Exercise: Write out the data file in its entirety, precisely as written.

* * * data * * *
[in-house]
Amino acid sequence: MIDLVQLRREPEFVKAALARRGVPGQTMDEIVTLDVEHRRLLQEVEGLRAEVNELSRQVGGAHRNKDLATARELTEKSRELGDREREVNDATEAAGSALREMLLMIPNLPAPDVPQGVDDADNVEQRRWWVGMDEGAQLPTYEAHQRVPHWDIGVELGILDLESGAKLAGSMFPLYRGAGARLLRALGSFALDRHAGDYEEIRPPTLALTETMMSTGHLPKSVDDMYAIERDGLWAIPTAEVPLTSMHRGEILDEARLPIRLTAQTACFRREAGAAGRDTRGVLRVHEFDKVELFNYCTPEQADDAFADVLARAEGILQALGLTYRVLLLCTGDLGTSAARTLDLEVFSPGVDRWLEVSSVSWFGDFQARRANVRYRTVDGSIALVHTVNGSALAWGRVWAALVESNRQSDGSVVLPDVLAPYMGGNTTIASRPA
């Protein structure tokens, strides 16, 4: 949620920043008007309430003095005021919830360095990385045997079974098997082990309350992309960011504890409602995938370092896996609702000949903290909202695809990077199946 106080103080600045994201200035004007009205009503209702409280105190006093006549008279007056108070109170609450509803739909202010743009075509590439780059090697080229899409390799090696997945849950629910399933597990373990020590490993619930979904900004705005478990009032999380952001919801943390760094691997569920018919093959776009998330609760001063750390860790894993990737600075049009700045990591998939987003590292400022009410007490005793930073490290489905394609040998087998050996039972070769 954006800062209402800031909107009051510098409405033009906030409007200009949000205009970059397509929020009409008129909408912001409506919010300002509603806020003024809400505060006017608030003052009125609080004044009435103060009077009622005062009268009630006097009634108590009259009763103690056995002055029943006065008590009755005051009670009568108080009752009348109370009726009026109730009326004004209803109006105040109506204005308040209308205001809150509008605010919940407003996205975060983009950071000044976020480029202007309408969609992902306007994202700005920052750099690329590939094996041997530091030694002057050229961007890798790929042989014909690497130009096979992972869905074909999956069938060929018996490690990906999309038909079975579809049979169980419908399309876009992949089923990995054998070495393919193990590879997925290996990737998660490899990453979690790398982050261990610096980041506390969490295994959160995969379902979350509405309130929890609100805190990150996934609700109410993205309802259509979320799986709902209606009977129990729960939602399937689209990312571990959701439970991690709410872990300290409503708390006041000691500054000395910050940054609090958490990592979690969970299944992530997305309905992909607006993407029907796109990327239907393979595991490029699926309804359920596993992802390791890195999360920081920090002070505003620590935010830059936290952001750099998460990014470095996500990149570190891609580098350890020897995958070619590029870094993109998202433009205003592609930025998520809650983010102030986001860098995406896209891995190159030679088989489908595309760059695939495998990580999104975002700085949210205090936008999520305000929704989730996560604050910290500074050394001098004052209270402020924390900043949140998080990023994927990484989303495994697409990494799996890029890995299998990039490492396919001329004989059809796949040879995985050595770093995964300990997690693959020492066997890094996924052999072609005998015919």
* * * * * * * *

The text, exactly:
[in-house]
Amino acid sequence: MIDLVQLRREPEFVKAALARRGVPGQTMDEIVTLDVEHRRLLQEVEGLRAEVNELSRQVGGAHRNKDLATARELTEKSRELGDREREVNDATEAAGSALREMLLMIPNLPAPDVPQGVDDADNVEQRRWWVGMDEGAQLPTYEAHQRVPHWDIGVELGILDLESGAKLAGSMFPLYRGAGARLLRALGSFALDRHAGDYEEIRPPTLALTETMMSTGHLPKSVDDMYAIERDGLWAIPTAEVPLTSMHRGEILDEARLPIRLTAQTACFRREAGAAGRDTRGVLRVHEFDKVELFNYCTPEQADDAFADVLARAEGILQALGLTYRVLLLCTGDLGTSAARTLDLEVFSPGVDRWLEVSSVSWFGDFQARRANVRYRTVDGSIALVHTVNGSALAWGRVWAALVESNRQSDGSVVLPDVLAPYMGGNTTIASRPA
């Protein structure tokens, strides 16, 4: 949620920043008007309430003095005021919830360095990385045997079974098997082990309350992309960011504890409602995938370092896996609702000949903290909202695809990077199946 106080103080600045994201200035004007009205009503209702409280105190006093006549008279007056108070109170609450509803739909202010743009075509590439780059090697080229899409390799090696997945849950629910399933597990373990020590490993619930979904900004705005478990009032999380952001919801943390760094691997569920018919093959776009998330609760001063750390860790894993990737600075049009700045990591998939987003590292400022009410007490005793930073490290489905394609040998087998050996039972070769 954006800062209402800031909107009051510098409405033009906030409007200009949000205009970059397509929020009409008129909408912001409506919010300002509603806020003024809400505060006017608030003052009125609080004044009435103060009077009622005062009268009630006097009634108590009259009763103690056995002055029943006065008590009755005051009670009568108080009752009348109370009726009026109730009326004004209803109006105040109506204005308040209308205001809150509008605010919940407003996205975060983009950071000044976020480029202007309408969609992902306007994202700005920052750099690329590939094996041997530091030694002057050229961007890798790929042989014909690497130009096979992972869905074909999956069938060929018996490690990906999309038909079975579809049979169980419908399309876009992949089923990995054998070495393919193990590879997925290996990737998660490899990453979690790398982050261990610096980041506390969490295994959160995969379902979350509405309130929890609100805190990150996934609700109410993205309802259509979320799986709902209606009977129990729960939602399937689209990312571990959701439970991690709410872990300290409503708390006041000691500054000395910050940054609090958490990592979690969970299944992530997305309905992909607006993407029907796109990327239907393979595991490029699926309804359920596993992802390791890195999360920081920090002070505003620590935010830059936290952001750099998460990014470095996500990149570190891609580098350890020897995958070619590029870094993109998202433009205003592609930025998520809650983010102030986001860098995406896209891995190159030679088989489908595309760059695939495998990580999104975002700085949210205090936008999520305000929704989730996560604050910290500074050394001098004052209270402020924390900043949140998080990023994927990484989303495994697409990494799996890029890995299998990039490492396919001329004989059809796949040879995985050595770093995964300990997690693959020492066997890094996924052999072609005998015919």